State Sen. Bob Krist of Omaha, a Democrat who wants Governor Ricketts’ job, told colleagues while debate centered on whether restrictions should be placed on the federal funding, virtually no debate took place on core budget issues.
“We’re stuck on something and you know why we’re stuck here?” Krist asked during budget debate. “Because Pete’s over there laughing at you. He doesn’t want us to discuss this budget. The governor does not want us to discuss this budget. He wants us to be tied up on this issue.”
Title X federal funding pays for family planning services, cancer screenings, even testing and treatment for sexually transmitted diseases; mainly for the poor, mainly for women. It totals less than two million dollars in the $8.8 billion state budget.
Yet, the language inserted by Gov. Ricketts attracted the vast majority of debate Tuesday evening. Ricketts wants restrictions placed on the funding to prevent any of the federal dollars from flowing to clinics which perform abortions.
At present, Title X dollars go to 42 clinics in Nebraska, three of which perform abortions. They serve approximately 28,000 Nebraskans. A state audit suggests one of the clinics operated by Planned Parenthood co-mingled the federal funds.
Critics of the language say it is directly aimed at depriving Planned Parenthood of federal money. The governor insists Planned Parenthood can qualify under the restrictions as long as it separates its clinics which perform abortions from clinics providing Title X services.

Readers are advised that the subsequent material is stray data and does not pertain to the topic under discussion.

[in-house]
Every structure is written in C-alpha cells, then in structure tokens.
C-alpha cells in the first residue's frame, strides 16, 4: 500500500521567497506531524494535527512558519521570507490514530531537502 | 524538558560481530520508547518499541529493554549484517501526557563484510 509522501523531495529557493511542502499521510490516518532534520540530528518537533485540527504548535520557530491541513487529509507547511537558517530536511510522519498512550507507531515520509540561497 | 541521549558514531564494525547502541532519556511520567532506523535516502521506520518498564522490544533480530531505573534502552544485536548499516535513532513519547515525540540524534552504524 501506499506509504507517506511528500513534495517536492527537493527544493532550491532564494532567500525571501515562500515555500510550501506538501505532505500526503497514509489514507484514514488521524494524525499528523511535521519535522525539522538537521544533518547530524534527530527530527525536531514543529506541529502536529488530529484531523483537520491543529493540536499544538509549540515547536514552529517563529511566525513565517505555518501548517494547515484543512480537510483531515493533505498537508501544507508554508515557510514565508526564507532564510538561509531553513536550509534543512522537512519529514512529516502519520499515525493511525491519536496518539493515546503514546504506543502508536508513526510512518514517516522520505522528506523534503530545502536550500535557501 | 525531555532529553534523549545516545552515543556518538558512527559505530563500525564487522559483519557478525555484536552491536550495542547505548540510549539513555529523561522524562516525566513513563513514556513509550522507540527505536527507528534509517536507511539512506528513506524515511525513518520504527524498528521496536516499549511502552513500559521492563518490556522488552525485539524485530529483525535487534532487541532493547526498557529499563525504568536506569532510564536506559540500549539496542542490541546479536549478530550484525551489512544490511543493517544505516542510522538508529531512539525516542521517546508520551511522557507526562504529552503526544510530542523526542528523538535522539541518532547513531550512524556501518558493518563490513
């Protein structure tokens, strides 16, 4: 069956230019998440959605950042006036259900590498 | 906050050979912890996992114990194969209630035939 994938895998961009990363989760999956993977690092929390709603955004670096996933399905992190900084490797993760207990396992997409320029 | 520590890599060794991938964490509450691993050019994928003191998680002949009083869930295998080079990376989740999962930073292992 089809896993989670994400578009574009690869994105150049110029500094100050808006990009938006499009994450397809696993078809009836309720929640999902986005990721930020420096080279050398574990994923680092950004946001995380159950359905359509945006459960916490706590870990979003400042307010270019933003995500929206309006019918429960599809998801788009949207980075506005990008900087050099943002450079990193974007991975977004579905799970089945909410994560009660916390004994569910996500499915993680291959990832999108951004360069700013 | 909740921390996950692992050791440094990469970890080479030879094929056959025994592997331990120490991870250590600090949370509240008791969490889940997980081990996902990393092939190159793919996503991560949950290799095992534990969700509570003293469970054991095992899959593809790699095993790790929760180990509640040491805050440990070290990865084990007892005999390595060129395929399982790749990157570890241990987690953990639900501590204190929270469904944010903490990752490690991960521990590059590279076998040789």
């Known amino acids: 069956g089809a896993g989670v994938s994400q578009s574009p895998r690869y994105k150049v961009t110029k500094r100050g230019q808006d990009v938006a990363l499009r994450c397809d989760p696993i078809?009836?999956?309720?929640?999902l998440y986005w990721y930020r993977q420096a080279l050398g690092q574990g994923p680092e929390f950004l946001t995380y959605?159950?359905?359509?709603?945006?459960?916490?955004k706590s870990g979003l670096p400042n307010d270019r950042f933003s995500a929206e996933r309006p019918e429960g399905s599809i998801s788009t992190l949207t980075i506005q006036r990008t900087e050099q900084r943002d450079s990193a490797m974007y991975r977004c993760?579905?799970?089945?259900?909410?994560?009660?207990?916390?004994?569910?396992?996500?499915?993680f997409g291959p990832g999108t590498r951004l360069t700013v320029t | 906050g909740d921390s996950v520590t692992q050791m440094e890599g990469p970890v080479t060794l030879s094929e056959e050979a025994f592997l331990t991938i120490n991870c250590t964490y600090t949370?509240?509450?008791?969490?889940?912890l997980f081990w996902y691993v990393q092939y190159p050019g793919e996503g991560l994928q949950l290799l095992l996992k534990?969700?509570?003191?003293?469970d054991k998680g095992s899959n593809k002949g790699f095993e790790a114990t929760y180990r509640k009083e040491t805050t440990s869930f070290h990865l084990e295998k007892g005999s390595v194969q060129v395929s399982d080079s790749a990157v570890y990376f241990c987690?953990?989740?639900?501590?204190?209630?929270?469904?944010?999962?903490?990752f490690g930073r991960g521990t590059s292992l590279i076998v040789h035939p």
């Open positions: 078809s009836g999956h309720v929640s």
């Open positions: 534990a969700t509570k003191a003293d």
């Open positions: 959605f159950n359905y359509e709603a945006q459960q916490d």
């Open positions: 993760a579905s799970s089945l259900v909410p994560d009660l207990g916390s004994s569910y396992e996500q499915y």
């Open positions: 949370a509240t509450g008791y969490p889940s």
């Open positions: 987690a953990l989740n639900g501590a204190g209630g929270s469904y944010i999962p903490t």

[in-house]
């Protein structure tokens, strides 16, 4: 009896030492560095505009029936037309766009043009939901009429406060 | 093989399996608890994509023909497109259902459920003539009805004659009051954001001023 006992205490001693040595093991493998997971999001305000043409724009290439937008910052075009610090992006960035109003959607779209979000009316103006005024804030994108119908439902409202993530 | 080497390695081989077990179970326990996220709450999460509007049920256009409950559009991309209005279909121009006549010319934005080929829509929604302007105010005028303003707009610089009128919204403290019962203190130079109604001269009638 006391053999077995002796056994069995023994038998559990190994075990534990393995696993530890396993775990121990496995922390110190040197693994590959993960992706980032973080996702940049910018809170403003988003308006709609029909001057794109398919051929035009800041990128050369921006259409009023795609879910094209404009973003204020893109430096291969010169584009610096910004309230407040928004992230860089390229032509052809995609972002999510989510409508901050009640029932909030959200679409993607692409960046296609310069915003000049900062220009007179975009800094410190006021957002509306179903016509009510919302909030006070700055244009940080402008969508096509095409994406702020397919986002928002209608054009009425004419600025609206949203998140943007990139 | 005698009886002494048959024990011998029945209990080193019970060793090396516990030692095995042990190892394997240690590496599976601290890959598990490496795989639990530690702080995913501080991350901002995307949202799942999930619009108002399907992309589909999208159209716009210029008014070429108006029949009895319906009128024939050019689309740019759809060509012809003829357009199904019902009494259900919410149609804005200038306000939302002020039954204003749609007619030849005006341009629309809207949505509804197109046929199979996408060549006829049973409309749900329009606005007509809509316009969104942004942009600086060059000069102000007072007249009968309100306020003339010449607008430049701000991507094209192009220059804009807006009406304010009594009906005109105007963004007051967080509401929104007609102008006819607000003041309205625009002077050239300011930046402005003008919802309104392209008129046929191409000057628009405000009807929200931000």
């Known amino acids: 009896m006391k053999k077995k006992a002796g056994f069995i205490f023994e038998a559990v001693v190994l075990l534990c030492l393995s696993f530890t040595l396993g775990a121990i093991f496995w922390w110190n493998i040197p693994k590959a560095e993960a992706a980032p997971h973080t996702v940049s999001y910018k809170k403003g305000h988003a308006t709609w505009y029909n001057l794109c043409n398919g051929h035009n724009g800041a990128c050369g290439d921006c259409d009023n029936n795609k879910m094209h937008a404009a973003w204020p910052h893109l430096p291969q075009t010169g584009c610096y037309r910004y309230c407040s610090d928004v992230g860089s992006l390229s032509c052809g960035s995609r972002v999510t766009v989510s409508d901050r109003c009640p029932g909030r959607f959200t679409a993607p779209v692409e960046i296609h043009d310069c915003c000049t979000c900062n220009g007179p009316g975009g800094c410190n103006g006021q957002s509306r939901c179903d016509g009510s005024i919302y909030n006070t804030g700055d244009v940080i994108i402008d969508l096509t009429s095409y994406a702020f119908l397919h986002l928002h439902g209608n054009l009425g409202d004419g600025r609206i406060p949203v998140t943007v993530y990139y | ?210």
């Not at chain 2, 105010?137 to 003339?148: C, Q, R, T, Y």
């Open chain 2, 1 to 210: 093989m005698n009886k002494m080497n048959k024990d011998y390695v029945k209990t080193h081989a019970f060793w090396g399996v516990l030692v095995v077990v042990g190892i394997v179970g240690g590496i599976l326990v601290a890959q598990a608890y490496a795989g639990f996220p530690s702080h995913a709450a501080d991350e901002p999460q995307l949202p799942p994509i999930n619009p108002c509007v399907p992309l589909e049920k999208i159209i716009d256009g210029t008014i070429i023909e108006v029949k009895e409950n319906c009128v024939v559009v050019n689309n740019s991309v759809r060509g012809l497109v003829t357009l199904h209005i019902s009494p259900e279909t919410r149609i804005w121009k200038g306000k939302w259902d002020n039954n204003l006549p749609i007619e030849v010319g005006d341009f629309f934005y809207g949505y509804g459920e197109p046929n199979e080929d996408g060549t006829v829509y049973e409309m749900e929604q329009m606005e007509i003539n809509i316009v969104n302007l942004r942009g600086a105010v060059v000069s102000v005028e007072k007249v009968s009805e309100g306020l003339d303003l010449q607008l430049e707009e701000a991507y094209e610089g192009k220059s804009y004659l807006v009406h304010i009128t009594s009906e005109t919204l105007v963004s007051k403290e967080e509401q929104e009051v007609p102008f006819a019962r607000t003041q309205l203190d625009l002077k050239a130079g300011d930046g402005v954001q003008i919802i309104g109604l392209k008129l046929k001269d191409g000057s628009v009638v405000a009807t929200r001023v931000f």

Sen. Patty Pansing Brooks of Lincoln claimed legislators couldn’t discuss other aspects of the budget, because women’s health care was at stake.
“Let’s continue to blow up our budget,” Pansing Brooks told colleagues. “Everyone knew this was going to blow up the budget and yet they persisted.”
The budget bills have advanced to the second round, during which the debate can be re-engaged.
State lawmakers have given preliminary approval to steps which would shore up a
$173 million revenue shortfall made worse by $83 million dollars in increased expenses, primarily to fund Child Welfare Services. The package advancing would transfer $100 million from the state cash reserves, the so-called Rainy Day Fund, and sweep $16 million from various state agency cash fund balances. It also imposes a 1% budget cut for higher education in the next fiscal year and a 2% across-the-board cut to state agencies. State aid for public schools and the Department of Correctional Services will not be cut.
AUDIO: Brent Martin reports [:50]